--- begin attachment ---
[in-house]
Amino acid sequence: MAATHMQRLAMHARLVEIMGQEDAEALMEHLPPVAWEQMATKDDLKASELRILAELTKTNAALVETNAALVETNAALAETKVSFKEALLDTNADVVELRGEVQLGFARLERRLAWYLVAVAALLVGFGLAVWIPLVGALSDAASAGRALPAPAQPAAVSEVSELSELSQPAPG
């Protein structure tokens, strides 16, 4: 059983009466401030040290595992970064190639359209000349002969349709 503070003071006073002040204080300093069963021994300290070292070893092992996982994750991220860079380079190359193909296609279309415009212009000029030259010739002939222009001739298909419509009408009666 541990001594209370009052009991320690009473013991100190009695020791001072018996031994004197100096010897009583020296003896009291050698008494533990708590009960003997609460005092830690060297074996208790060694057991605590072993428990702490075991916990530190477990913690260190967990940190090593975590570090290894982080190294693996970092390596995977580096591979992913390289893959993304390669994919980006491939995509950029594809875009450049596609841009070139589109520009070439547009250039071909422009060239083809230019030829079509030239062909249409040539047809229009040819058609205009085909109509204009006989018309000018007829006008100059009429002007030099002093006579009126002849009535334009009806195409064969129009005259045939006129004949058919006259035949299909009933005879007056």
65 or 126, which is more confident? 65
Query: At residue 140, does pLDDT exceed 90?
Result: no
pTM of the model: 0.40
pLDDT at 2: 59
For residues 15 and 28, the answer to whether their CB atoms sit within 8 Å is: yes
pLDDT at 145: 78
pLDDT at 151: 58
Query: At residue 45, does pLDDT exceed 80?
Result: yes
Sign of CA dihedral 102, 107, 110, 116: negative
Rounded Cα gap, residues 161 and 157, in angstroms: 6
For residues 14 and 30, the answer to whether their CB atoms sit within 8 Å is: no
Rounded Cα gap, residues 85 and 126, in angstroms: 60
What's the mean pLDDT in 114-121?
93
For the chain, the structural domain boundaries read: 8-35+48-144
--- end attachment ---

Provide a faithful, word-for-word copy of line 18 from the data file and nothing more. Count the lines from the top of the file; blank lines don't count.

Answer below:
What's the mean pLDDT in 114-121?